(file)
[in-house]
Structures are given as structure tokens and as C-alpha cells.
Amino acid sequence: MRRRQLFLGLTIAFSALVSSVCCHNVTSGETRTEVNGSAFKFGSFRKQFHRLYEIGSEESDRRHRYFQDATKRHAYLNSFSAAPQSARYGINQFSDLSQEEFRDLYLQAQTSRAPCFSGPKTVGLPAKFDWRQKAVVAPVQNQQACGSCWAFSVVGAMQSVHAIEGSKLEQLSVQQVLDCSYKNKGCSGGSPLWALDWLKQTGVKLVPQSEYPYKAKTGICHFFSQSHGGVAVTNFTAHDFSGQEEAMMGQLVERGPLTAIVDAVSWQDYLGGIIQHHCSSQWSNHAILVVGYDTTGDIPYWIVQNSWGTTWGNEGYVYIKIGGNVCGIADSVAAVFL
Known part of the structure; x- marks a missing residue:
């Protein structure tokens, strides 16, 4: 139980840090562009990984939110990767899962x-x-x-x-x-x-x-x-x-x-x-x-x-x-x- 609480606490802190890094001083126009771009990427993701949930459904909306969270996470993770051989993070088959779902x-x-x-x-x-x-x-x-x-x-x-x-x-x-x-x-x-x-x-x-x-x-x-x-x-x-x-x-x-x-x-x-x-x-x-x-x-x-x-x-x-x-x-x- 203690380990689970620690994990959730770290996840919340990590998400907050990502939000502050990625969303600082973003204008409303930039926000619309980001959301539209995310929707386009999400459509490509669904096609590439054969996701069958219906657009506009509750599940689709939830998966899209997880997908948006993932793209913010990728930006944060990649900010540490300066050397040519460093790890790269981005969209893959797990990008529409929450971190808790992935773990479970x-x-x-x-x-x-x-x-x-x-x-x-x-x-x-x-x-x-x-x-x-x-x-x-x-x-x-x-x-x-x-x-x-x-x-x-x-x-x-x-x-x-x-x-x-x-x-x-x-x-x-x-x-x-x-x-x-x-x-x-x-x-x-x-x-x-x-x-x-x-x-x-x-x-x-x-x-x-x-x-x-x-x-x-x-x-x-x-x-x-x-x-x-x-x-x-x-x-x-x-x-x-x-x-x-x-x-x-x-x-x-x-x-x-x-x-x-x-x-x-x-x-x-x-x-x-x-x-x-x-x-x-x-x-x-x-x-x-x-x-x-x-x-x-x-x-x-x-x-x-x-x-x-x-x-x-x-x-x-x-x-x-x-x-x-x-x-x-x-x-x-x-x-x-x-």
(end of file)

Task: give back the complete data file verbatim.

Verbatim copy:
[in-house]
Structures are given as structure tokens and as C-alpha cells.
Amino acid sequence: MRRRQLFLGLTIAFSALVSSVCCHNVTSGETRTEVNGSAFKFGSFRKQFHRLYEIGSEESDRRHRYFQDATKRHAYLNSFSAAPQSARYGINQFSDLSQEEFRDLYLQAQTSRAPCFSGPKTVGLPAKFDWRQKAVVAPVQNQQACGSCWAFSVVGAMQSVHAIEGSKLEQLSVQQVLDCSYKNKGCSGGSPLWALDWLKQTGVKLVPQSEYPYKAKTGICHFFSQSHGGVAVTNFTAHDFSGQEEAMMGQLVERGPLTAIVDAVSWQDYLGGIIQHHCSSQWSNHAILVVGYDTTGDIPYWIVQNSWGTTWGNEGYVYIKIGGNVCGIADSVAAVFL
Known part of the structure; x- marks a missing residue:
């Protein structure tokens, strides 16, 4: 139980840090562009990984939110990767899962x-x-x-x-x-x-x-x-x-x-x-x-x-x-x- 609480606490802190890094001083126009771009990427993701949930459904909306969270996470993770051989993070088959779902x-x-x-x-x-x-x-x-x-x-x-x-x-x-x-x-x-x-x-x-x-x-x-x-x-x-x-x-x-x-x-x-x-x-x-x-x-x-x-x-x-x-x-x- 203690380990689970620690994990959730770290996840919340990590998400907050990502939000502050990625969303600082973003204008409303930039926000619309980001959301539209995310929707386009999400459509490509669904096609590439054969996701069958219906657009506009509750599940689709939830998966899209997880997908948006993932793209913010990728930006944060990649900010540490300066050397040519460093790890790269981005969209893959797990990008529409929450971190808790992935773990479970x-x-x-x-x-x-x-x-x-x-x-x-x-x-x-x-x-x-x-x-x-x-x-x-x-x-x-x-x-x-x-x-x-x-x-x-x-x-x-x-x-x-x-x-x-x-x-x-x-x-x-x-x-x-x-x-x-x-x-x-x-x-x-x-x-x-x-x-x-x-x-x-x-x-x-x-x-x-x-x-x-x-x-x-x-x-x-x-x-x-x-x-x-x-x-x-x-x-x-x-x-x-x-x-x-x-x-x-x-x-x-x-x-x-x-x-x-x-x-x-x-x-x-x-x-x-x-x-x-x-x-x-x-x-x-x-x-x-x-x-x-x-x-x-x-x-x-x-x-x-x-x-x-x-x-x-x-x-x-x-x-x-x-x-x-x-x-x-x-x-x-x-x-x-x-």